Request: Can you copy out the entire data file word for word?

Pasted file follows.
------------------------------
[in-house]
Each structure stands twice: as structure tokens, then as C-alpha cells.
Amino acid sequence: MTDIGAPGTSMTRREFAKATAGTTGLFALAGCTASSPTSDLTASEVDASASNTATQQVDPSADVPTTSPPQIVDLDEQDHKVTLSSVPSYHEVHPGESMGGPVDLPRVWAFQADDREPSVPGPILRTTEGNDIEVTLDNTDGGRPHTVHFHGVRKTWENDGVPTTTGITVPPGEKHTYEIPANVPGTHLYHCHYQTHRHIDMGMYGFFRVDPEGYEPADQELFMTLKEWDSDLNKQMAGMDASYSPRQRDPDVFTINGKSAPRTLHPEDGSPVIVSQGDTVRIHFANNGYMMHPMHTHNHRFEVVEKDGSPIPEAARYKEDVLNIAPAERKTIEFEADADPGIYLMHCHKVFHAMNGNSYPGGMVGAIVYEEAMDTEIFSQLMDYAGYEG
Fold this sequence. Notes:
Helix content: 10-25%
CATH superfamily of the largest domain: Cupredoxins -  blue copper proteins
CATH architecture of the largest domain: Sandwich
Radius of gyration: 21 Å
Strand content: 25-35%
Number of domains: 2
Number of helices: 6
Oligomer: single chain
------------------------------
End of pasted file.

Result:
[in-house]
Each structure stands twice: as structure tokens, then as C-alpha cells.
Amino acid sequence: MTDIGAPGTSMTRREFAKATAGTTGLFALAGCTASSPTSDLTASEVDASASNTATQQVDPSADVPTTSPPQIVDLDEQDHKVTLSSVPSYHEVHPGESMGGPVDLPRVWAFQADDREPSVPGPILRTTEGNDIEVTLDNTDGGRPHTVHFHGVRKTWENDGVPTTTGITVPPGEKHTYEIPANVPGTHLYHCHYQTHRHIDMGMYGFFRVDPEGYEPADQELFMTLKEWDSDLNKQMAGMDASYSPRQRDPDVFTINGKSAPRTLHPEDGSPVIVSQGDTVRIHFANNGYMMHPMHTHNHRFEVVEKDGSPIPEAARYKEDVLNIAPAERKTIEFEADADPGIYLMHCHKVFHAMNGNSYPGGMVGAIVYEEAMDTEIFSQLMDYAGYEG
Fold this sequence. Notes:
Helix content: 10-25%
CATH superfamily of the largest domain: Cupredoxins -  blue copper proteins
CATH architecture of the largest domain: Sandwich
Radius of gyration: 21 Å
Strand content: 25-35%
Number of domains: 2
Number of helices: 6
Oligomer: single chain